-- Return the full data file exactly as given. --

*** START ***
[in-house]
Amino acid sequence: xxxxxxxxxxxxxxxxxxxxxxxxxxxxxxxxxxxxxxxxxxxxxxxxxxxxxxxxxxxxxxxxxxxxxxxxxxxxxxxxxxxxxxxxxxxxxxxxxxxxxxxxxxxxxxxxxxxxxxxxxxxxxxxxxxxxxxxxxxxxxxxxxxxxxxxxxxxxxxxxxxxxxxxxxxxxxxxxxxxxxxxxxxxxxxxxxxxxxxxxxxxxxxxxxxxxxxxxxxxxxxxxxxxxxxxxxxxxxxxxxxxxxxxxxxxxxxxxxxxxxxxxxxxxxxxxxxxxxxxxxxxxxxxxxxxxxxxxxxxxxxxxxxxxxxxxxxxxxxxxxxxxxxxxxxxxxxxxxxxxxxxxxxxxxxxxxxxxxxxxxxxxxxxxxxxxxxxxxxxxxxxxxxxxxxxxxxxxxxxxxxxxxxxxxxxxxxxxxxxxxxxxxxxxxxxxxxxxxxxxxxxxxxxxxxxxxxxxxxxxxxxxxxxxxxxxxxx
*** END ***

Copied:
[in-house]
Amino acid sequence: xxxxxxxxxxxxxxxxxxxxxxxxxxxxxxxxxxxxxxxxxxxxxxxxxxxxxxxxxxxxxxxxxxxxxxxxxxxxxxxxxxxxxxxxxxxxxxxxxxxxxxxxxxxxxxxxxxxxxxxxxxxxxxxxxxxxxxxxxxxxxxxxxxxxxxxxxxxxxxxxxxxxxxxxxxxxxxxxxxxxxxxxxxxxxxxxxxxxxxxxxxxxxxxxxxxxxxxxxxxxxxxxxxxxxxxxxxxxxxxxxxxxxxxxxxxxxxxxxxxxxxxxxxxxxxxxxxxxxxxxxxxxxxxxxxxxxxxxxxxxxxxxxxxxxxxxxxxxxxxxxxxxxxxxxxxxxxxxxxxxxxxxxxxxxxxxxxxxxxxxxxxxxxxxxxxxxxxxxxxxxxxxxxxxxxxxxxxxxxxxxxxxxxxxxxxxxxxxxxxxxxxxxxxxxxxxxxxxxxxxxxxxxxxxxxxxxxxxxxxxxxxxxxxxxxxxxxx